The Ritual of Fast Food by Margaret Visser
Visser was born in 1940 in South Africa, Margaret Visser was raised in Zambia and lived in England, France, lraq, and the United States before settling in Toronto, Ontario. (She is a naturalized citizen of Canada.)
In this short essay, The Ritual of Fast Food. The author, Margret Visser, carefully as well as precisely dismembers the fast food experience. Visser dives in and vigour’s behind the scene to explains the art of the fast -food experience. It is imperative to recognize how Visser provides a detailed account of the reasons as to why fast food restaurant chains are very popular amongst the ordinary citizen. The word ordinary is the epitome of emphasis for the marketing administrators and ideologists of the gigantic name fast food companies like, McDonald’s or Burger King. Besides,
Visser underlines that Americans identify fast food restaurants as a part of their culture, and, additionally, it does not matter which state they visit since they can always find a piece of their home in McDonalds or Burger King. Additionally, Visser outlines a precise plus well-aimed set of qualities that the fast food restaurants guests expect. Of all the qualities, Visser emphasizes the idea.
In her account, the potluck supper and the picnic share space with the carefully plotted rituals of cannibal societies such as that of ancient Fiji, where hands were used to eat most foods, but a special wooden fork was reserved for when the meat consumed was human flesh. The way the proprieties are exalted or? ignored can be telling.
Alan Bennett? tells a story about his first experience of Oxford college dining, in the company of public schoolboys whose behaviour failed to match up to his expectations of good table etiquette: I quote,These boys hogged the dough, they gulped the soup and bolted whatsoever was put on their plates with medieval recklessness.
Visser provides a precise besides well-aimed set of qualities that the fast food diner’s visitors expect. They look for a place that is safely predictable, the convenient, the fast and ordinary. Americans perceive fast food restaurants as a good place, home residence where they are confident that there are always polite and smiling workers, where they find stability and, I quote “No Surprises” that is so seldom in the modern hasty world.
Preordained instructions are customary for programming the default demeanour of the fast food networks customers. The prominence is not stressed on the peculiarities. On the contrary, each aspect beginning with the elegance of the restaurant, its menu, ornament, and workers attitude is usual familiar and even inherent.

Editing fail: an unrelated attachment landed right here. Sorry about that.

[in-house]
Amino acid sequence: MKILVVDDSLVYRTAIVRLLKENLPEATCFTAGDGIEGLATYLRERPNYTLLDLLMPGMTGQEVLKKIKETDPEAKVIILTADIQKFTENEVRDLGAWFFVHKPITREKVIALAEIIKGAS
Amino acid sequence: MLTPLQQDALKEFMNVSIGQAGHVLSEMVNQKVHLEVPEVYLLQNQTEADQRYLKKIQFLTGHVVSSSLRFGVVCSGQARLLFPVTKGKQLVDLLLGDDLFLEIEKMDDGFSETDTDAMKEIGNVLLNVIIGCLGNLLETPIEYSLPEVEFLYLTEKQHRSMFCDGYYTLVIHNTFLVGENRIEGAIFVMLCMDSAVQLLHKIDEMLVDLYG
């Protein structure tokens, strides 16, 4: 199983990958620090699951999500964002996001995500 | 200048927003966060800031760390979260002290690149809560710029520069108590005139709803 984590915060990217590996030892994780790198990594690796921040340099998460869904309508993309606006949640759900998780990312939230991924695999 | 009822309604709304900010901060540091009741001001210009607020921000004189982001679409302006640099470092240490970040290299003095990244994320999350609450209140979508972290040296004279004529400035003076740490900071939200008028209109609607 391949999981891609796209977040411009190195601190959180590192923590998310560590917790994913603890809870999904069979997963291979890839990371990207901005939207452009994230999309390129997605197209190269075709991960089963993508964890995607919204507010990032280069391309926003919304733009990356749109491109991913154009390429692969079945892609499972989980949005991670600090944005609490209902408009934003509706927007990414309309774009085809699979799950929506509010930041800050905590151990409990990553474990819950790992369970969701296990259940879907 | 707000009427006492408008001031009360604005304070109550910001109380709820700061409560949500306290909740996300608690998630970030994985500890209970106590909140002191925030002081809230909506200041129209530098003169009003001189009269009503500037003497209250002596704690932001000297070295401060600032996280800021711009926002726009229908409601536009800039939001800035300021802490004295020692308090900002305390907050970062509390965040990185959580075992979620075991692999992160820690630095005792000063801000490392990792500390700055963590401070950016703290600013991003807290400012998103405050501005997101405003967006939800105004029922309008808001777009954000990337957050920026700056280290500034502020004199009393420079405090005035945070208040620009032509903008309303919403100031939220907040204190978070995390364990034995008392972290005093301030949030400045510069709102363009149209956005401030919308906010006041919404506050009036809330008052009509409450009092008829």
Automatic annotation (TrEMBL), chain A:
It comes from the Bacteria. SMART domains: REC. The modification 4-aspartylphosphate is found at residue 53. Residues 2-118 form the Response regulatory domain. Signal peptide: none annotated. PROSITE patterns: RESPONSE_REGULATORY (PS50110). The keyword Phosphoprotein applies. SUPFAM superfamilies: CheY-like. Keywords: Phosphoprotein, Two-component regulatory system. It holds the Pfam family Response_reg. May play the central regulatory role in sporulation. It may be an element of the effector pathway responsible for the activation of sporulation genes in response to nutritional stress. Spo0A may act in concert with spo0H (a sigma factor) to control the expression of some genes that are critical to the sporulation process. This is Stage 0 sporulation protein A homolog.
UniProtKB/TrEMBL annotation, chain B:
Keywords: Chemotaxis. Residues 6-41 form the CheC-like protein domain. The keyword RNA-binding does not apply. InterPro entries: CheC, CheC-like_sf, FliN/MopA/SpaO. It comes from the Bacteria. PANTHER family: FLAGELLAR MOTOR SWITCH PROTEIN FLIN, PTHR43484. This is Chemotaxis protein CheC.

It is crucial to point out that each individual is afraid of vagaries (changes) and tries to minimize the unforeseen events in his or her life. Margaret Visser contends that fast food salespersons staked on the designing of a ritual while visiting the fast food restaurant. Everything starting from staff behaviour to the typical titles of a standard menu like large fries or Big Mac are there at their usual place, every day of the year in spite of the political, social upheavals and weather changes.
It is vital to emphasize that the author contends that visiting of the fast food restaurant turn out to be a ritual in fact, an important part of day to day traditions of ordinary citizens. It is perceptibly that if fast food restaurants were detested among ordinary clients, they would not advance to such a broad network. Therefore, instigating a ritual of visiting fast food is a callous politics, calculated to the smallest factor, and based on years of marketing studies, considered partialities plus expectations. Fast food restaurant is a hospitable product of marketing approach supported by the latest expertise in technology besides millions of research cost.
It is an intricate question whether fast food chain is bad or good for Americans. Logically, if we will not address the subject of health that is pretty acute for the American state, fast food restaurant is alleged as a home outside a home. It means that, being an ordinary place is a landmark of the achievement of marketing strategy since people visiting them anticipate nothing more than what they are familiar to style, smell, taste and parental care from a fast food restaurant employees.
The author highlights that convenient, innocent simplicity of fast-food restaurants is only the obvious simplicity. It is a result of invisible labour of thousands of professionals who keep the consistency of the products aggressive and the rituals of serving fast. Parental care is projected thoroughly, casual environment is reinforced carefully.
Similarly it could be contended that a fast food restaurant concurrently with the convenience, familiar menu, no place for surprise is unscrupulous for Americans although it over-simplifies the culture of diet consumption by dulling imagination in addition to transforming a human researcher into a person who is wisely processed by capable marketing minds of massive food corporations.